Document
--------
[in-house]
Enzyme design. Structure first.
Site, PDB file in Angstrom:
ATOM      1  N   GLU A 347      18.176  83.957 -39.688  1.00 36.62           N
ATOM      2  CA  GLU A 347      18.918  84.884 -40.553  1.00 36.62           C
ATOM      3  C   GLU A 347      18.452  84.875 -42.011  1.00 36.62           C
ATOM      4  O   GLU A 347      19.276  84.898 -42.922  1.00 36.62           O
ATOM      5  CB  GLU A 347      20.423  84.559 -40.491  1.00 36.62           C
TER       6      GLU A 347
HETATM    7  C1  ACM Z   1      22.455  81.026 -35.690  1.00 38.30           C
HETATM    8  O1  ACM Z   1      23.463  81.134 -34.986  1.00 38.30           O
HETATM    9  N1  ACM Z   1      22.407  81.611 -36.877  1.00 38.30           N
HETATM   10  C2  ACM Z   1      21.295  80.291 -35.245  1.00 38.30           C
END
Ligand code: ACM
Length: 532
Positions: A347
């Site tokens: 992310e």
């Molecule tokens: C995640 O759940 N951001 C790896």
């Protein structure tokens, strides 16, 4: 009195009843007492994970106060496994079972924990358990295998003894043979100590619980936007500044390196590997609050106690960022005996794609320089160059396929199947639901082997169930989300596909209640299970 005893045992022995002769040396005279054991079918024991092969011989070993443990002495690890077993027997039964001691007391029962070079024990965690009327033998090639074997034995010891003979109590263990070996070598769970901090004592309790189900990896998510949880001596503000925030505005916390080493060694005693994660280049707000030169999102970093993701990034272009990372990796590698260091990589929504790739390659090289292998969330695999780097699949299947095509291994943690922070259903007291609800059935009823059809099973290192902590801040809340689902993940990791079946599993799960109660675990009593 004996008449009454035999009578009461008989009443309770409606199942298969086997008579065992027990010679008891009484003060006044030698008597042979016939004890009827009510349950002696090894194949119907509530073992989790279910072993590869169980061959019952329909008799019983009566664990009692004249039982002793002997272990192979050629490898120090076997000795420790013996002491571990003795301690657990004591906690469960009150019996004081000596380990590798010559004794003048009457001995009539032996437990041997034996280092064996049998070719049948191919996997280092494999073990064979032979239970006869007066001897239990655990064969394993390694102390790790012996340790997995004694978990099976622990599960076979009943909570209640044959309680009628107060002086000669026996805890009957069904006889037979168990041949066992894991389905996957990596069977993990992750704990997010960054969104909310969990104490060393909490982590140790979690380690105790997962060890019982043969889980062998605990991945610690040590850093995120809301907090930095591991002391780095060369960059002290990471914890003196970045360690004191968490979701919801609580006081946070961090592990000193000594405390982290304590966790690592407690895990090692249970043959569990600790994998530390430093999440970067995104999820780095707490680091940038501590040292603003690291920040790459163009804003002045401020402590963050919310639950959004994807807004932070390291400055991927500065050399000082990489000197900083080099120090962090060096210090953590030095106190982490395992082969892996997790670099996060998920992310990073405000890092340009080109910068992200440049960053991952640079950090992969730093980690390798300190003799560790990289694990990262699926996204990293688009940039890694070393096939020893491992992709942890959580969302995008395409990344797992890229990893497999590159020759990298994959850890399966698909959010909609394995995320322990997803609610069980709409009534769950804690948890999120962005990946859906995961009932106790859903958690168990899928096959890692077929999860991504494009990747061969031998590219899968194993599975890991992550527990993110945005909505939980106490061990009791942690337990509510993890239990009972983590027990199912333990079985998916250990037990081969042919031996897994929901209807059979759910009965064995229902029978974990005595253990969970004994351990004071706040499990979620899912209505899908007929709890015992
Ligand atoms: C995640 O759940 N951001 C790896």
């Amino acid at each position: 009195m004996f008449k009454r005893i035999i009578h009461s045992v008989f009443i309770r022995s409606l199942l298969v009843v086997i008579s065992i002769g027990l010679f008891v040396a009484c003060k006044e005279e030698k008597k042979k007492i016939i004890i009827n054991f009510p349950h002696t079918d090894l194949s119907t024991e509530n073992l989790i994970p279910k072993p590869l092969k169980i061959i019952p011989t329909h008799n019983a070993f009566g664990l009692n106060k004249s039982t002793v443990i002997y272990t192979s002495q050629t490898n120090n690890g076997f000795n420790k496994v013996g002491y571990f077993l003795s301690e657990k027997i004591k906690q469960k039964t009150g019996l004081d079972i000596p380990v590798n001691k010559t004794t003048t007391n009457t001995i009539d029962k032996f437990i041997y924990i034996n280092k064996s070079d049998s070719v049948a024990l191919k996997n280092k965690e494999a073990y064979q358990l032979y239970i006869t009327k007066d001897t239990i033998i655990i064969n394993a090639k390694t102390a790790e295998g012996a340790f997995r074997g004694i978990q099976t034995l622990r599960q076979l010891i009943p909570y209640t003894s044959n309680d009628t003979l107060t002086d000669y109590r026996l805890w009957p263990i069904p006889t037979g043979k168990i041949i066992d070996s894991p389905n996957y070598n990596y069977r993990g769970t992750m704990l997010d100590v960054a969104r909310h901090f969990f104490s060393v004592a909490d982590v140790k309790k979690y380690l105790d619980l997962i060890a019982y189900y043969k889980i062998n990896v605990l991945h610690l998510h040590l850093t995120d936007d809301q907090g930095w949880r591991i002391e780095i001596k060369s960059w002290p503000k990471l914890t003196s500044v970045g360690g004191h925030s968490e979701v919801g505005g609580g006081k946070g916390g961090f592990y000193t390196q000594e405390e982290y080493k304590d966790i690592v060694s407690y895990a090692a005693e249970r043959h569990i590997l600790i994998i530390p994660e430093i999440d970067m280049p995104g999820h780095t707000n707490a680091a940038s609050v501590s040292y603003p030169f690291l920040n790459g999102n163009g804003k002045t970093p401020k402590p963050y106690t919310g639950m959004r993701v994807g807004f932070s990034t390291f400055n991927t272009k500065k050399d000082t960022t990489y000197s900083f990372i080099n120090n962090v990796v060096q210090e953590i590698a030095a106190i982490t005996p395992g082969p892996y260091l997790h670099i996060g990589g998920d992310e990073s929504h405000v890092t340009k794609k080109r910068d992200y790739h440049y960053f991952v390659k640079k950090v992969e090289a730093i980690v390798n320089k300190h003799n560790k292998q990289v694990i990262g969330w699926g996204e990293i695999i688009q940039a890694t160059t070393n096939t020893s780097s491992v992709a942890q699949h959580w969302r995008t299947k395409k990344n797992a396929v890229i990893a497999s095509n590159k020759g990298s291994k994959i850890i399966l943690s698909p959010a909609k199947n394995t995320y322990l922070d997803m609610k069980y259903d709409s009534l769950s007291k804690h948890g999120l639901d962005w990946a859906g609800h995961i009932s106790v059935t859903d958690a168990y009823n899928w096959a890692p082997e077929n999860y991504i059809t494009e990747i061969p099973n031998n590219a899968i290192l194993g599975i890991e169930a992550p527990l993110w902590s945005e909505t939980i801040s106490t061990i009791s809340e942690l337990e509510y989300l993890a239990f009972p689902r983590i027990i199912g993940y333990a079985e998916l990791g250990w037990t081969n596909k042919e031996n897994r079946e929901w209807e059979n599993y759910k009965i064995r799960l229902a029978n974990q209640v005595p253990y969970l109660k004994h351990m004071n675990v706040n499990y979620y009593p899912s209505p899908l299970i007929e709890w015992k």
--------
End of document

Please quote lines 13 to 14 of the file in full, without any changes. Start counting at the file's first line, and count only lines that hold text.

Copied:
HETATM   10  C2  ACM Z   1      21.295  80.291 -35.245  1.00 38.30           C
END